"What is it about the Kentucky Derby that causes people who will not see another horse race all year to pay attention? The answer, James C. Nicholson explains, lies in the Derby's image being intertwined with that of Kentucky. The popular perception of the state as both genteel and untamed is played out in the event itself. In the early days of the Derby, an imagined link to the mythological Old South added to the appeal. Now, in the twenty-first century, the Derby has become an all-American sports experience. The Kentucky Derby: How the Run for the Roses Became America's Premier Sporting Event goes beyond the colorful history of the race and examines the reasons behind its popularity. It is not only an enjoyable read but also very enlightening." -- Tom Hammond, NBC Kentucky Derby Host
" The Kentucky Derby: How the Run for the Roses Became America's Premier Sporting Event is both informative and entertaining. Providing the reader with a unique insight into how the Kentucky Derby has evolved over the past 135 years, Nicholson illuminates the history of Kentucky's signature sporting event, highlighting the culture, history, and rich tradition surrounding it." -- Walt Robertson, Keeneland Vice President of Sales
"Keen observations... prove to be consistently powerful throughout the book, as the author touches on everything from the scandalous demise of celebrated black jockeys to the heavy influence of powerful Middle-Eastern sheiks." -- Kirkus Reviews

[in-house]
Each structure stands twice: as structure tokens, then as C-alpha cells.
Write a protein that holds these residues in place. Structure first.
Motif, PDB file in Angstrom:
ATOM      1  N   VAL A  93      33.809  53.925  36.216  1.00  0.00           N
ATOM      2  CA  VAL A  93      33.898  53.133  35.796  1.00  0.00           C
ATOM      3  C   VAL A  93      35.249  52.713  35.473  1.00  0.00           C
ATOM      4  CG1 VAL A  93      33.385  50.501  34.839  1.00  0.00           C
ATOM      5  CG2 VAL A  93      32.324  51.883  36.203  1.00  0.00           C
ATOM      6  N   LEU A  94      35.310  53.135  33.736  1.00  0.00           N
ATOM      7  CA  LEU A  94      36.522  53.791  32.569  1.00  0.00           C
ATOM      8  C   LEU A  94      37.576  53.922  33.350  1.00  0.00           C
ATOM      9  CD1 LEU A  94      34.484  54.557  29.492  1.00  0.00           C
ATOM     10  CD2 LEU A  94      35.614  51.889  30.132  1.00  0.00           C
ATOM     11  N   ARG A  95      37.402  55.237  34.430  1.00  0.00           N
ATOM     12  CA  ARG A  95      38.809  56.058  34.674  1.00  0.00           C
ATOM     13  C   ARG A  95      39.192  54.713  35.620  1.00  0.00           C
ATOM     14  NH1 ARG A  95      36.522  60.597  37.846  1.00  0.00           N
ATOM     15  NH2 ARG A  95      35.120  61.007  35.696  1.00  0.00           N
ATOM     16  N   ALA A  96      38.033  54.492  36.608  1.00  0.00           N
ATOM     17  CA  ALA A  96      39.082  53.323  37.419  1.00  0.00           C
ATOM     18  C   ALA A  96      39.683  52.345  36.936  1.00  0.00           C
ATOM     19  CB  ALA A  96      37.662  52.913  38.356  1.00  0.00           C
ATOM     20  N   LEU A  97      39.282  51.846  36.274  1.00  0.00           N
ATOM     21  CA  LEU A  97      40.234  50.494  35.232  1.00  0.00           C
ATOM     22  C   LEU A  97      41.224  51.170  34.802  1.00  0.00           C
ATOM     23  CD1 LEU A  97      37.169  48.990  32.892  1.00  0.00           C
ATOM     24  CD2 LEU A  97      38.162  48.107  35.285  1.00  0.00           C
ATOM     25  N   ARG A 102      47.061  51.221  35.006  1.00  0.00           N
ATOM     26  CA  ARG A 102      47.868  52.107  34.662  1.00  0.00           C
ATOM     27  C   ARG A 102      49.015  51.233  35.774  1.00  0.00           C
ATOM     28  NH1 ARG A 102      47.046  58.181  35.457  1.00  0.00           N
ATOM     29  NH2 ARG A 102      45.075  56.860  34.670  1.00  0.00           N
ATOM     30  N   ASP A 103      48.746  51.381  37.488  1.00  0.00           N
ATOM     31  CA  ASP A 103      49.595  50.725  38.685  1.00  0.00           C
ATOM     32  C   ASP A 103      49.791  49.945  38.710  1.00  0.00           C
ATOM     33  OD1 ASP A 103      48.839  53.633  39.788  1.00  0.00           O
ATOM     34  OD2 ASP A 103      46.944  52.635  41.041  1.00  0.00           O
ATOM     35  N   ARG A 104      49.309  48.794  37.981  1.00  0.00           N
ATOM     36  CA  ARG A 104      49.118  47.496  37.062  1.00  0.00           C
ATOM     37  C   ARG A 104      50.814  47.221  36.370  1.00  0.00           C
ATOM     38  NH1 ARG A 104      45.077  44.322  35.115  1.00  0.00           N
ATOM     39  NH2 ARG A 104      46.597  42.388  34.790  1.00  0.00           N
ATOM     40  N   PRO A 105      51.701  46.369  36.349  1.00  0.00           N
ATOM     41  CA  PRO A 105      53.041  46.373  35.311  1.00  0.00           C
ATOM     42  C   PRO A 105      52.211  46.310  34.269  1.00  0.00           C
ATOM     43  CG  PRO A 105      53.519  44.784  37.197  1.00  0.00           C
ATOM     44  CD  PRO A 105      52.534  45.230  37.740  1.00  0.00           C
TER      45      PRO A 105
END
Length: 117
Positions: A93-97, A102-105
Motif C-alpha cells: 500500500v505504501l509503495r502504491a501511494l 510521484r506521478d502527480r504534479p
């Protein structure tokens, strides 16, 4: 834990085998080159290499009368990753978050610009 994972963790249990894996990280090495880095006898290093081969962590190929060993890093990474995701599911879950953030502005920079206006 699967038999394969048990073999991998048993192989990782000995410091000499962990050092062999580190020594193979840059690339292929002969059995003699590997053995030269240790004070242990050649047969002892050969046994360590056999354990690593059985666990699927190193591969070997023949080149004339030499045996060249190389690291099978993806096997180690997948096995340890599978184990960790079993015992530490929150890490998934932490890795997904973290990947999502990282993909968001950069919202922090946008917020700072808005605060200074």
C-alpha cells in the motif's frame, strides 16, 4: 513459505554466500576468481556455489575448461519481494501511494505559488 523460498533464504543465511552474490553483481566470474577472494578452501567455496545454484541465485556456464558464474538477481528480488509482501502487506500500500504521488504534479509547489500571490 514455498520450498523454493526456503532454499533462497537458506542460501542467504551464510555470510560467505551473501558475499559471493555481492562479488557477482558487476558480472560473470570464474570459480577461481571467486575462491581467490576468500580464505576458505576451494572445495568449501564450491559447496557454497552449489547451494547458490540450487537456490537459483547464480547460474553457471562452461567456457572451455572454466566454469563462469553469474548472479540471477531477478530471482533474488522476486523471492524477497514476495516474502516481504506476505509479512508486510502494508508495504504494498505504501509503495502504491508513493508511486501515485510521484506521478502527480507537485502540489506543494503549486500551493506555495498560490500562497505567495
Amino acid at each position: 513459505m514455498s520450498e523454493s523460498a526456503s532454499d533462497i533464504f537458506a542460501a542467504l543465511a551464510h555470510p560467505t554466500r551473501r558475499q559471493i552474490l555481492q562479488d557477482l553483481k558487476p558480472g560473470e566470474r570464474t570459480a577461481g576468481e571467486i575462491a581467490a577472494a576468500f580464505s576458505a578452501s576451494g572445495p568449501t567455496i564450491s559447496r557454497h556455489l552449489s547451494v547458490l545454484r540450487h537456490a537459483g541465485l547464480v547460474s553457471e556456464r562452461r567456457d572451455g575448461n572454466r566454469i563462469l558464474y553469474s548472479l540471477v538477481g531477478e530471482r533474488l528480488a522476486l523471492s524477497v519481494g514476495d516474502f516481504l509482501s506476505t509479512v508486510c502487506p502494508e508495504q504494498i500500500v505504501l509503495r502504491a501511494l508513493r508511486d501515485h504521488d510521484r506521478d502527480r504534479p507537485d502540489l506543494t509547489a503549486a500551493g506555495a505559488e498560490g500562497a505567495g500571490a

"Does an excellent job describing the aura that surrounds America's most popular thoroughbred race." -- Saratogan
"Likely to become a study that sets the new standard for books concerning thoroughbred racing, especially for ones dealing with the Kentucky Derby.... If you fail to read this book, you have missed a good one." -- Northern Kentucky Heritage
"Essential reading for anyone interested in throughbred racing, American history and/or developing a successful campaign in one's industry" -- Voices.Yahoo.com
"Explores how the paradoxical reputation of Kentucky for lawlessness and gentility is reflected in and helped sustain 'the most exciting two minutes in sports' despite significant cultural, political, and economic changes over its 138 year history." -- University of Kentucky College of Arts & Sciences